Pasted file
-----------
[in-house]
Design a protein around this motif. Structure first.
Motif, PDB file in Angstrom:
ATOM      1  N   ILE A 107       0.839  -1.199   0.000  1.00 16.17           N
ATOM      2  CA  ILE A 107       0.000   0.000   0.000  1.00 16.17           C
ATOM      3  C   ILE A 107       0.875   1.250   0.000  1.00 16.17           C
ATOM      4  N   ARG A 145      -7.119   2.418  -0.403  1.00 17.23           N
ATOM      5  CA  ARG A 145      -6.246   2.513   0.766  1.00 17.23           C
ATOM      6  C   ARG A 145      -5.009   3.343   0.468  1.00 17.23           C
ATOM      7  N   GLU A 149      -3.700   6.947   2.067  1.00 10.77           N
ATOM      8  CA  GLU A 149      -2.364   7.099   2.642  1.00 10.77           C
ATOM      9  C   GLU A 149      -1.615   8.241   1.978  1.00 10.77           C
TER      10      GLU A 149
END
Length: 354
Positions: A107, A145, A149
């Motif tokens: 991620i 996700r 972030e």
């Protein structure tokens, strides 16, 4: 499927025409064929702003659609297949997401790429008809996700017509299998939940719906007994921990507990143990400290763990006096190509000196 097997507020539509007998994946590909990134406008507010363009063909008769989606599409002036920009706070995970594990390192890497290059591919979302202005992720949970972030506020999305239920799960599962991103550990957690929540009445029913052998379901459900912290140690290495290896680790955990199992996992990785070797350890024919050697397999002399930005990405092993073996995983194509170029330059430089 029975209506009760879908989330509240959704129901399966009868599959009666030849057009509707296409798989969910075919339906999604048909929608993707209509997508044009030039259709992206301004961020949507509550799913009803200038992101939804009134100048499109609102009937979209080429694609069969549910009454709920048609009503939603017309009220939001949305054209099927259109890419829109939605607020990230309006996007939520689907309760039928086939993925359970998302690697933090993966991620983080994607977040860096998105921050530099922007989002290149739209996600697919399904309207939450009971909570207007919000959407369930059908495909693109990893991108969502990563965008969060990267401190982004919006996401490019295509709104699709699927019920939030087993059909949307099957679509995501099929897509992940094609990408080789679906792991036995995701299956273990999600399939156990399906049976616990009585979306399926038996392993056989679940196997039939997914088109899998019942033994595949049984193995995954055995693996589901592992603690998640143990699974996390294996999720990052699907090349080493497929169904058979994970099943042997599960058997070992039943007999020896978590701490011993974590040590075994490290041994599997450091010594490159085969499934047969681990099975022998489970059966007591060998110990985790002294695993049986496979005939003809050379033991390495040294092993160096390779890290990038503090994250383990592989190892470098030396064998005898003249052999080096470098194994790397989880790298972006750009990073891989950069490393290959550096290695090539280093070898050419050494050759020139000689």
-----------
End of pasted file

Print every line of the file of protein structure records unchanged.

[in-house]
Design a protein around this motif. Structure first.
Motif, PDB file in Angstrom:
ATOM      1  N   ILE A 107       0.839  -1.199   0.000  1.00 16.17           N
ATOM      2  CA  ILE A 107       0.000   0.000   0.000  1.00 16.17           C
ATOM      3  C   ILE A 107       0.875   1.250   0.000  1.00 16.17           C
ATOM      4  N   ARG A 145      -7.119   2.418  -0.403  1.00 17.23           N
ATOM      5  CA  ARG A 145      -6.246   2.513   0.766  1.00 17.23           C
ATOM      6  C   ARG A 145      -5.009   3.343   0.468  1.00 17.23           C
ATOM      7  N   GLU A 149      -3.700   6.947   2.067  1.00 10.77           N
ATOM      8  CA  GLU A 149      -2.364   7.099   2.642  1.00 10.77           C
ATOM      9  C   GLU A 149      -1.615   8.241   1.978  1.00 10.77           C
TER      10      GLU A 149
END
Length: 354
Positions: A107, A145, A149
């Motif tokens: 991620i 996700r 972030e």
């Protein structure tokens, strides 16, 4: 499927025409064929702003659609297949997401790429008809996700017509299998939940719906007994921990507990143990400290763990006096190509000196 097997507020539509007998994946590909990134406008507010363009063909008769989606599409002036920009706070995970594990390192890497290059591919979302202005992720949970972030506020999305239920799960599962991103550990957690929540009445029913052998379901459900912290140690290495290896680790955990199992996992990785070797350890024919050697397999002399930005990405092993073996995983194509170029330059430089 029975209506009760879908989330509240959704129901399966009868599959009666030849057009509707296409798989969910075919339906999604048909929608993707209509997508044009030039259709992206301004961020949507509550799913009803200038992101939804009134100048499109609102009937979209080429694609069969549910009454709920048609009503939603017309009220939001949305054209099927259109890419829109939605607020990230309006996007939520689907309760039928086939993925359970998302690697933090993966991620983080994607977040860096998105921050530099922007989002290149739209996600697919399904309207939450009971909570207007919000959407369930059908495909693109990893991108969502990563965008969060990267401190982004919006996401490019295509709104699709699927019920939030087993059909949307099957679509995501099929897509992940094609990408080789679906792991036995995701299956273990999600399939156990399906049976616990009585979306399926038996392993056989679940196997039939997914088109899998019942033994595949049984193995995954055995693996589901592992603690998640143990699974996390294996999720990052699907090349080493497929169904058979994970099943042997599960058997070992039943007999020896978590701490011993974590040590075994490290041994599997450091010594490159085969499934047969681990099975022998489970059966007591060998110990985790002294695993049986496979005939003809050379033991390495040294092993160096390779890290990038503090994250383990592989190892470098030396064998005898003249052999080096470098194994790397989880790298972006750009990073891989950069490393290959550096290695090539280093070898050419050494050759020139000689």